1. How many IRS tax Whistleblower claims have you filed? If less than 10, look elsewhere.
2. How many of the claims you filed have been paid by the IRS? If less than 5, look elsewhere.
3. How many years have you practiced before the IRS? If less than 5, look elsewhere, and don’t count the
years of someone in the firm you are not working with.
4. How many cases have you had before the IRS? If less than 50, look elsewhere.
5. How many cases have you taken to the U.S. Tax Court? If less than 20, look elsewhere.
6. How much experience do you have in filing tax returns, tax planning, and tax dispute (controversy)
If less than 10 years or a hundred cases, look elsewhere.
7. Do you now practice law other than IRS tax whistleblower cases? If yes, question whether
they are right for you. Remember, any attorney can say he/she will represent you and then
simply learn the law on your matter. Don’t risk your claim to an inexperienced lawyer.
8. Will you be representing me or will I be represented by someone else in the firm?
Many firms are now claiming that they have former IRS revenue agents, former Department
of Justice attorneys, tax attorneys, etc. that work with them and can file your claim and
represent you in tax court. That is good and it is important that someone understands the
substantive tax law for which the whistleblower issue is based. But, as we know, tax law is
complicated and you want to make sure you are working directly with someone with heavy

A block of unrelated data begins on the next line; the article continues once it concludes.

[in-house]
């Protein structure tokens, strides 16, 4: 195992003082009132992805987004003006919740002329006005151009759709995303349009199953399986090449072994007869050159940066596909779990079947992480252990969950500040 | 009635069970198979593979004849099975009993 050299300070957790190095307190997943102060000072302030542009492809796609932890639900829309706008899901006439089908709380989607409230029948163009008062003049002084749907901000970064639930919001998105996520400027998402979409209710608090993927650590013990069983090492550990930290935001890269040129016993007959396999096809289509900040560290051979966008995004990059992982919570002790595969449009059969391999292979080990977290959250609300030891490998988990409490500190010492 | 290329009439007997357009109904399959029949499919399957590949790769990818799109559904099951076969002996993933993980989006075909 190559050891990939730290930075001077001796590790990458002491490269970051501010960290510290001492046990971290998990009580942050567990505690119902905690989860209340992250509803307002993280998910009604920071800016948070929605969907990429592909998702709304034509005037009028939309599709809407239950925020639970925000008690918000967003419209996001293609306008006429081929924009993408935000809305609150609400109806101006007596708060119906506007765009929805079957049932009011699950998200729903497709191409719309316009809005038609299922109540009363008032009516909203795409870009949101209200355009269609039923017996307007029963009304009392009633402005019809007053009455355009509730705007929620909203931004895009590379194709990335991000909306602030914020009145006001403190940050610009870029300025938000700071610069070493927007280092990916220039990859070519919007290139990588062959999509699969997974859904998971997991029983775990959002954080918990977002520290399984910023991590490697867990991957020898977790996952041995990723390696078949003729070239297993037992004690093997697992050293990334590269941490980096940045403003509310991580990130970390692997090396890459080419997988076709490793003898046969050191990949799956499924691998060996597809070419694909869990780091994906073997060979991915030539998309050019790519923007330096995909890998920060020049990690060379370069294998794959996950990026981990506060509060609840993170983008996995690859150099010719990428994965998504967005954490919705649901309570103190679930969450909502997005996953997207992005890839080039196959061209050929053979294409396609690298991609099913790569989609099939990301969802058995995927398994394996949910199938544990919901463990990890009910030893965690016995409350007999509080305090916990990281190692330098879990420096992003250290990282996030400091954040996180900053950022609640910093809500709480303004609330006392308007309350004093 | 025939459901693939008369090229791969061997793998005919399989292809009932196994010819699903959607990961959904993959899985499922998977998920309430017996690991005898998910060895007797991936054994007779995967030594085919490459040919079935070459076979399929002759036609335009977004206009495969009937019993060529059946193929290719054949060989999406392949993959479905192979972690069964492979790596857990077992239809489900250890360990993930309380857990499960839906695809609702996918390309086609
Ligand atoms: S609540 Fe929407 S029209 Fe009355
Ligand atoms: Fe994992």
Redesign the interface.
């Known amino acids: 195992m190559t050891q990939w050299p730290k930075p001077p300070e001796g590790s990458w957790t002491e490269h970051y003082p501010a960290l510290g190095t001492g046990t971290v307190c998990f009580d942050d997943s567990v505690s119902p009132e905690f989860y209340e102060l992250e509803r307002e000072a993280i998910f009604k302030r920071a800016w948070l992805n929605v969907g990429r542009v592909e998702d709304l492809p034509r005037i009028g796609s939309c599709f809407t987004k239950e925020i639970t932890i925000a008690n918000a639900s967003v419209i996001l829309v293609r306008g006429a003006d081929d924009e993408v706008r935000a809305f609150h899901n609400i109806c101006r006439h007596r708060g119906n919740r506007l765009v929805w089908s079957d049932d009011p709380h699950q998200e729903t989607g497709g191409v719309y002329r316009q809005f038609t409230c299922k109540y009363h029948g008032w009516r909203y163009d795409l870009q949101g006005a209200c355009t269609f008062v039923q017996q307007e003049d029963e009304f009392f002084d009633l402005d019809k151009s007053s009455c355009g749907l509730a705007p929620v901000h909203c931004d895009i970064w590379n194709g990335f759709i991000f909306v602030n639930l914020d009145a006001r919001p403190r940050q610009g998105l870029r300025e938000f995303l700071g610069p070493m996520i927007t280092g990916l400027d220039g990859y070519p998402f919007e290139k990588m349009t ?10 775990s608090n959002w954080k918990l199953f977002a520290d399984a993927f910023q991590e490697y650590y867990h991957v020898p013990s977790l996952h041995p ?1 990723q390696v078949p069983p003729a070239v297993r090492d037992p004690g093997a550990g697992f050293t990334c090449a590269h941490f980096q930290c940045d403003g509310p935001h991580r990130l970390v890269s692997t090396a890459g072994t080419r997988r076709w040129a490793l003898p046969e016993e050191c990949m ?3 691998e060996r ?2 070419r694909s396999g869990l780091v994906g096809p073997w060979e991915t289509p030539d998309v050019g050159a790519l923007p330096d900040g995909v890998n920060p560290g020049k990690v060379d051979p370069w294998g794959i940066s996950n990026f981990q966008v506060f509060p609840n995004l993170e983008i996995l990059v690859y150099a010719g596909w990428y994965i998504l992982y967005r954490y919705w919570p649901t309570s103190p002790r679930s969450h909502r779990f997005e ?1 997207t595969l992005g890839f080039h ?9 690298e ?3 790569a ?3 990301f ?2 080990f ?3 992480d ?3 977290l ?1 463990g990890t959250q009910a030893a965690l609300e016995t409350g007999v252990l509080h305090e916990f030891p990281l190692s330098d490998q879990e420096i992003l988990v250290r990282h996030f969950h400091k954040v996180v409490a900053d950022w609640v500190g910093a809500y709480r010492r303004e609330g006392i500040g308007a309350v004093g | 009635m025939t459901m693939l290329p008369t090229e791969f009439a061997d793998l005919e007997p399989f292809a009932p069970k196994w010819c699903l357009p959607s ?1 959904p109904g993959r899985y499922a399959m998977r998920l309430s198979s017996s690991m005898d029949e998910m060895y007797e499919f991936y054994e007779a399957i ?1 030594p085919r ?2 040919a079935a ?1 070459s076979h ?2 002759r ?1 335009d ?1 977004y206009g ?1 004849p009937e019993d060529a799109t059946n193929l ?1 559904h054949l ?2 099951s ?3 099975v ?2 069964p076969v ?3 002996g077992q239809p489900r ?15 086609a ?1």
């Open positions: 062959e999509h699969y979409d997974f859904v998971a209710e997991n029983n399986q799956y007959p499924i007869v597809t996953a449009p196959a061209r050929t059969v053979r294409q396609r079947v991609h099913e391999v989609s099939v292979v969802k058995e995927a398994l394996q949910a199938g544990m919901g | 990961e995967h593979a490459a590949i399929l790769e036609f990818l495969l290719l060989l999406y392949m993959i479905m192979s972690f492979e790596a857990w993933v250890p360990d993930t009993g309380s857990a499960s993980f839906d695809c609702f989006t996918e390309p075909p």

tax experience as well as having a good working knowledge of the IRS and its procedures
including those of the IRS Whistleblower Office.
9. Is the Tax Whistleblower Attorney / Law Firm you are considering dedicated to only the IRS
We think this is an important question. We have found that a law firm or attorneys being a
“jack of all trades” is good for the law firm, but not for the client. Look at the firm’s website
that you are considering and look at their areas of practice. Yes, bringing in fees on an
hourly basis for other tax work (estate planning, employment law matters, business
litigation, etc.) is good for the firm and its attorneys or the firm may engage in contingent
fee legal matters (qui tam matters (false claims act), discrimination, personal injury, etc.)
which keeps the law firm from putting all their eggs in one basket. However that should be a
clear sign to you that the law firm and its attorneys are not confident in themselves or the IRS
You deserve the best. Pursuing this tax whistleblower matter could be the most important
decision of your life. Make sure the law firm or attorneys you are considering are not
focused on the pie in the sky from your award, but are focused on properly representing you
and have the experience and knowledge to do all that will be necessary to act on your behalf in
this matter. You should not necessarily engage the attorney that has the best web page or enticing
advertisement. Remember, every attorney can claim they can help you in your tax whistleblower
matter. Do your due diligence and find the law firm that has the experience in tax and
whistleblower cases and believes in their abilities.
The Tax Whistleblower Law Firm (TWLF) (and all of its attorneys) only represent whistleblowers before the
IRS whistleblower program. We are likely the only firm that does so. It is all we do because we believe in
ourselves, the IRS and the IRS whistleblower program. We work on contingency basis
and patiently work our clients claim through the system over the years, because we believe
in our abilities to help you in your matter.
You do not want this important legal matter of yours to simply be the training ground of some inexperienced lawyer.
The Tax Whistleblower Law Firm Exclusively Represents Tax Whistleblowers
Contact us for a Free Confidential Consultation via our Contact Form or Call 855-211-7623.